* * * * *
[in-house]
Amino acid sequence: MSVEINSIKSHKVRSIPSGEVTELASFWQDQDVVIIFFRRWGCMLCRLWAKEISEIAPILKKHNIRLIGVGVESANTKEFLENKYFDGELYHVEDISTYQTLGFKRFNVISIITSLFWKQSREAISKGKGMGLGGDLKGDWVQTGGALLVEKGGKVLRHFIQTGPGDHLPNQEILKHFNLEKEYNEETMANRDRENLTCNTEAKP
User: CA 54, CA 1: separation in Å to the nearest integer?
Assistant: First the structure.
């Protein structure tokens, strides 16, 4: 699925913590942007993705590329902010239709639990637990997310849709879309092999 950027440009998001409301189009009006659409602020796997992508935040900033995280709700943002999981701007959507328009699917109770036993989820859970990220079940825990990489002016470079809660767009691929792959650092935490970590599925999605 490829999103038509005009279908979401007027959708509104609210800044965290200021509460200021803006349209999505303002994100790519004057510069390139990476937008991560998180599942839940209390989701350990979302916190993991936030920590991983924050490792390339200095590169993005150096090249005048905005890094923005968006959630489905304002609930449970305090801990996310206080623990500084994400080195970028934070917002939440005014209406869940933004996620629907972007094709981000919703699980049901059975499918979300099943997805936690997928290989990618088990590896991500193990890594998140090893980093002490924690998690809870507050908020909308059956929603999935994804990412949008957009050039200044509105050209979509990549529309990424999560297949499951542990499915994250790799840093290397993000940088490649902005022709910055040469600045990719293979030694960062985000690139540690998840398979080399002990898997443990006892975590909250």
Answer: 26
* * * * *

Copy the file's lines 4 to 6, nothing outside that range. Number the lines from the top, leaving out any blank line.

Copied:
Assistant: First the structure.
């Protein structure tokens, strides 16, 4: 699925913590942007993705590329902010239709639990637990997310849709879309092999 950027440009998001409301189009009006659409602020796997992508935040900033995280709700943002999981701007959507328009699917109770036993989820859970990220079940825990990489002016470079809660767009691929792959650092935490970590599925999605 490829999103038509005009279908979401007027959708509104609210800044965290200021509460200021803006349209999505303002994100790519004057510069390139990476937008991560998180599942839940209390989701350990979302916190993991936030920590991983924050490792390339200095590169993005150096090249005048905005890094923005968006959630489905304002609930449970305090801990996310206080623990500084994400080195970028934070917002939440005014209406869940933004996620629907972007094709981000919703699980049901059975499918979300099943997805936690997928290989990618088990590896991500193990890594998140090893980093002490924690998690809870507050908020909308059956929603999935994804990412949008957009050039200044509105050209979509990549529309990424999560297949499951542990499915994250790799840093290397993000940088490649902005022709910055040469600045990719293979030694960062985000690139540690998840398979080399002990898997443990006892975590909250």
Answer: 26